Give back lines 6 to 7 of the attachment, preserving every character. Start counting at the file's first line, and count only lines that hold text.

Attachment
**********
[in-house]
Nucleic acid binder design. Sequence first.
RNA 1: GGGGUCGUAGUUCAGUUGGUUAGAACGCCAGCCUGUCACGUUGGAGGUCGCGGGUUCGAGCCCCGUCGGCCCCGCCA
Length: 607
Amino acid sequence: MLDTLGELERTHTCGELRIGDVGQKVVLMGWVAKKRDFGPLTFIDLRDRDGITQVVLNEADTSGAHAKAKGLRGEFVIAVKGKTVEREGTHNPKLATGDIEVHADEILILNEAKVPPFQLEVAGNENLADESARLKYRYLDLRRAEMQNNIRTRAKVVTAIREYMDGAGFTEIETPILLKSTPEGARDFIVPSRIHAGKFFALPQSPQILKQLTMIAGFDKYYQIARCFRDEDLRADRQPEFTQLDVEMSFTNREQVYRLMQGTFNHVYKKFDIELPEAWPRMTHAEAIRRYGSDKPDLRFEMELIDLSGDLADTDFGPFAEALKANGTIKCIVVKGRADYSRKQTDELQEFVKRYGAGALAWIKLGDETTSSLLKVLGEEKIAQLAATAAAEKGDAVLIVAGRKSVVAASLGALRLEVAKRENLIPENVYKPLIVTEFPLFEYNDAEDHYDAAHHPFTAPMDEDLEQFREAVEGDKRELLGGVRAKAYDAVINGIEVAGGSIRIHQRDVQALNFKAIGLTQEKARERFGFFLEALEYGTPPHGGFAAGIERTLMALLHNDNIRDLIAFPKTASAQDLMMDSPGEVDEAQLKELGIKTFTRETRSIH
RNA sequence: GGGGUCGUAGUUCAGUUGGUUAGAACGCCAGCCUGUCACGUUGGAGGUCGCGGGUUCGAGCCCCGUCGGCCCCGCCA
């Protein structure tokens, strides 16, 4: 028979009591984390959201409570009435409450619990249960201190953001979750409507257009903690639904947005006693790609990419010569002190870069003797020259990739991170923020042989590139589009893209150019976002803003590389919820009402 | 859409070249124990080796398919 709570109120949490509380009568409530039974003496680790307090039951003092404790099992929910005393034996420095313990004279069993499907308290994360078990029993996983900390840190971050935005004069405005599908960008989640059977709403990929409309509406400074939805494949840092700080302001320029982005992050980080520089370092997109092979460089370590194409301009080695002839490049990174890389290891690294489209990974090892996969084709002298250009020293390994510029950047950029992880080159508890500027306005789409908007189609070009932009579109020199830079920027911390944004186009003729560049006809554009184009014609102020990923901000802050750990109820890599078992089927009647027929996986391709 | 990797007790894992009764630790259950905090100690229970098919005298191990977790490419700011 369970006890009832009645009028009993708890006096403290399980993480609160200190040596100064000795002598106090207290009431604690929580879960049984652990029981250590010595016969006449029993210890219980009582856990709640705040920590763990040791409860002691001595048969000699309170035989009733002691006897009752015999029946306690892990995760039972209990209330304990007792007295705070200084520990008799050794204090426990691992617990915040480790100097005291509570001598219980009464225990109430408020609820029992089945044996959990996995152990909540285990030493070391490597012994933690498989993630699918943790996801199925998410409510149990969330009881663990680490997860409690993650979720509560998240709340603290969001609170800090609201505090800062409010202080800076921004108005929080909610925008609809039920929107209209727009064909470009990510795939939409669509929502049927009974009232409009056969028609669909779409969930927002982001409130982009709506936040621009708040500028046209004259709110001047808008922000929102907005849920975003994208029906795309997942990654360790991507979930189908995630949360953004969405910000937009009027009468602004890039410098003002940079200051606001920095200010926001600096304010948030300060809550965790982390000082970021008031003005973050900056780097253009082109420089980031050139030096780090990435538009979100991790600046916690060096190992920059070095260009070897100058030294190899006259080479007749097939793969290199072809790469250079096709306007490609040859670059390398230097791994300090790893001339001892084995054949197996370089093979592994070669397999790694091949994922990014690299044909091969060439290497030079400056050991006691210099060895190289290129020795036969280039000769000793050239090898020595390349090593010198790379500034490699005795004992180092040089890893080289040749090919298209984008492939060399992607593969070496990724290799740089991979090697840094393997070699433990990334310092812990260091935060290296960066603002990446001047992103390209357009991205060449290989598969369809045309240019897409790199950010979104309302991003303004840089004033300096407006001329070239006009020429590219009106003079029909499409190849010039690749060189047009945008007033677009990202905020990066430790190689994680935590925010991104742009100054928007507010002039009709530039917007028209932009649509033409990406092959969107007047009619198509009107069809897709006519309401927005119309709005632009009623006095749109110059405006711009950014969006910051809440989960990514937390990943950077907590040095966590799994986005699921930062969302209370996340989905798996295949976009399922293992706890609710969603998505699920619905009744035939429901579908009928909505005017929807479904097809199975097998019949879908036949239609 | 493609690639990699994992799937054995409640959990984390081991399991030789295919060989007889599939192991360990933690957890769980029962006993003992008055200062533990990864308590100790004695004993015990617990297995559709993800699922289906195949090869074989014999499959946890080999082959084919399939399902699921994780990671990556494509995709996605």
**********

RNA sequence: GGGGUCGUAGUUCAGUUGGUUAGAACGCCAGCCUGUCACGUUGGAGGUCGCGGGUUCGAGCCCCGUCGGCCCCGCCA
């Protein structure tokens, strides 16, 4: 028979009591984390959201409570009435409450619990249960201190953001979750409507257009903690639904947005006693790609990419010569002190870069003797020259990739991170923020042989590139589009893209150019976002803003590389919820009402 | 859409070249124990080796398919 709570109120949490509380009568409530039974003496680790307090039951003092404790099992929910005393034996420095313990004279069993499907308290994360078990029993996983900390840190971050935005004069405005599908960008989640059977709403990929409309509406400074939805494949840092700080302001320029982005992050980080520089370092997109092979460089370590194409301009080695002839490049990174890389290891690294489209990974090892996969084709002298250009020293390994510029950047950029992880080159508890500027306005789409908007189609070009932009579109020199830079920027911390944004186009003729560049006809554009184009014609102020990923901000802050750990109820890599078992089927009647027929996986391709 | 990797007790894992009764630790259950905090100690229970098919005298191990977790490419700011 369970006890009832009645009028009993708890006096403290399980993480609160200190040596100064000795002598106090207290009431604690929580879960049984652990029981250590010595016969006449029993210890219980009582856990709640705040920590763990040791409860002691001595048969000699309170035989009733002691006897009752015999029946306690892990995760039972209990209330304990007792007295705070200084520990008799050794204090426990691992617990915040480790100097005291509570001598219980009464225990109430408020609820029992089945044996959990996995152990909540285990030493070391490597012994933690498989993630699918943790996801199925998410409510149990969330009881663990680490997860409690993650979720509560998240709340603290969001609170800090609201505090800062409010202080800076921004108005929080909610925008609809039920929107209209727009064909470009990510795939939409669509929502049927009974009232409009056969028609669909779409969930927002982001409130982009709506936040621009708040500028046209004259709110001047808008922000929102907005849920975003994208029906795309997942990654360790991507979930189908995630949360953004969405910000937009009027009468602004890039410098003002940079200051606001920095200010926001600096304010948030300060809550965790982390000082970021008031003005973050900056780097253009082109420089980031050139030096780090990435538009979100991790600046916690060096190992920059070095260009070897100058030294190899006259080479007749097939793969290199072809790469250079096709306007490609040859670059390398230097791994300090790893001339001892084995054949197996370089093979592994070669397999790694091949994922990014690299044909091969060439290497030079400056050991006691210099060895190289290129020795036969280039000769000793050239090898020595390349090593010198790379500034490699005795004992180092040089890893080289040749090919298209984008492939060399992607593969070496990724290799740089991979090697840094393997070699433990990334310092812990260091935060290296960066603002990446001047992103390209357009991205060449290989598969369809045309240019897409790199950010979104309302991003303004840089004033300096407006001329070239006009020429590219009106003079029909499409190849010039690749060189047009945008007033677009990202905020990066430790190689994680935590925010991104742009100054928007507010002039009709530039917007028209932009649509033409990406092959969107007047009619198509009107069809897709006519309401927005119309709005632009009623006095749109110059405006711009950014969006910051809440989960990514937390990943950077907590040095966590799994986005699921930062969302209370996340989905798996295949976009399922293992706890609710969603998505699920619905009744035939429901579908009928909505005017929807479904097809199975097998019949879908036949239609 | 493609690639990699994992799937054995409640959990984390081991399991030789295919060989007889599939192991360990933690957890769980029962006993003992008055200062533990990864308590100790004695004993015990617990297995559709993800699922289906195949090869074989014999499959946890080999082959084919399939399902699921994780990671990556494509995709996605």